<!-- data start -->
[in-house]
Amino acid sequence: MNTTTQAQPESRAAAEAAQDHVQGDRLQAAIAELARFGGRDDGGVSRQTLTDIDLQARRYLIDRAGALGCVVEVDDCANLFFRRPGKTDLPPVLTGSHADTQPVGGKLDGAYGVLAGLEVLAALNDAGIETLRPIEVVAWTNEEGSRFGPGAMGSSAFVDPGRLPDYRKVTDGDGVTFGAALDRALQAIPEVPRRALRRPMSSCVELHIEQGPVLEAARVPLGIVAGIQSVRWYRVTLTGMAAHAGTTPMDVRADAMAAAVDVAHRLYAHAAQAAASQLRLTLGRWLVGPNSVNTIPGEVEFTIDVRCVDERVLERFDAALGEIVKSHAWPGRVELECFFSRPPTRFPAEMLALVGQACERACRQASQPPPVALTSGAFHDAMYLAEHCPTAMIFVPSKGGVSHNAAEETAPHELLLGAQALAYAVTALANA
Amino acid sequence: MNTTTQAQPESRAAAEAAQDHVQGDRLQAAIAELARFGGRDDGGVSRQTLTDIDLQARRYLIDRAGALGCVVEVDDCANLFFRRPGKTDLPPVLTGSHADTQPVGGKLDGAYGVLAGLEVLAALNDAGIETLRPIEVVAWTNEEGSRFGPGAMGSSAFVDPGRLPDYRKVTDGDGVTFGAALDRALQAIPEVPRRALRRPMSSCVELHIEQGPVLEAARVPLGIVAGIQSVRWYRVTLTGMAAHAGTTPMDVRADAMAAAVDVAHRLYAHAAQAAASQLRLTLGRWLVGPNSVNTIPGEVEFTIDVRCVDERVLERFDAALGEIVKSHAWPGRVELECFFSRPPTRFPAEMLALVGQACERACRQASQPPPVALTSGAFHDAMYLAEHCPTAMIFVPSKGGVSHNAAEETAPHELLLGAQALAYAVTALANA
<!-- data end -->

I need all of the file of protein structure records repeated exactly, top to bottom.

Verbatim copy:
[in-house]
Amino acid sequence: MNTTTQAQPESRAAAEAAQDHVQGDRLQAAIAELARFGGRDDGGVSRQTLTDIDLQARRYLIDRAGALGCVVEVDDCANLFFRRPGKTDLPPVLTGSHADTQPVGGKLDGAYGVLAGLEVLAALNDAGIETLRPIEVVAWTNEEGSRFGPGAMGSSAFVDPGRLPDYRKVTDGDGVTFGAALDRALQAIPEVPRRALRRPMSSCVELHIEQGPVLEAARVPLGIVAGIQSVRWYRVTLTGMAAHAGTTPMDVRADAMAAAVDVAHRLYAHAAQAAASQLRLTLGRWLVGPNSVNTIPGEVEFTIDVRCVDERVLERFDAALGEIVKSHAWPGRVELECFFSRPPTRFPAEMLALVGQACERACRQASQPPPVALTSGAFHDAMYLAEHCPTAMIFVPSKGGVSHNAAEETAPHELLLGAQALAYAVTALANA
Amino acid sequence: MNTTTQAQPESRAAAEAAQDHVQGDRLQAAIAELARFGGRDDGGVSRQTLTDIDLQARRYLIDRAGALGCVVEVDDCANLFFRRPGKTDLPPVLTGSHADTQPVGGKLDGAYGVLAGLEVLAALNDAGIETLRPIEVVAWTNEEGSRFGPGAMGSSAFVDPGRLPDYRKVTDGDGVTFGAALDRALQAIPEVPRRALRRPMSSCVELHIEQGPVLEAARVPLGIVAGIQSVRWYRVTLTGMAAHAGTTPMDVRADAMAAAVDVAHRLYAHAAQAAASQLRLTLGRWLVGPNSVNTIPGEVEFTIDVRCVDERVLERFDAALGEIVKSHAWPGRVELECFFSRPPTRFPAEMLALVGQACERACRQASQPPPVALTSGAFHDAMYLAEHCPTAMIFVPSKGGVSHNAAEETAPHELLLGAQALAYAVTALANA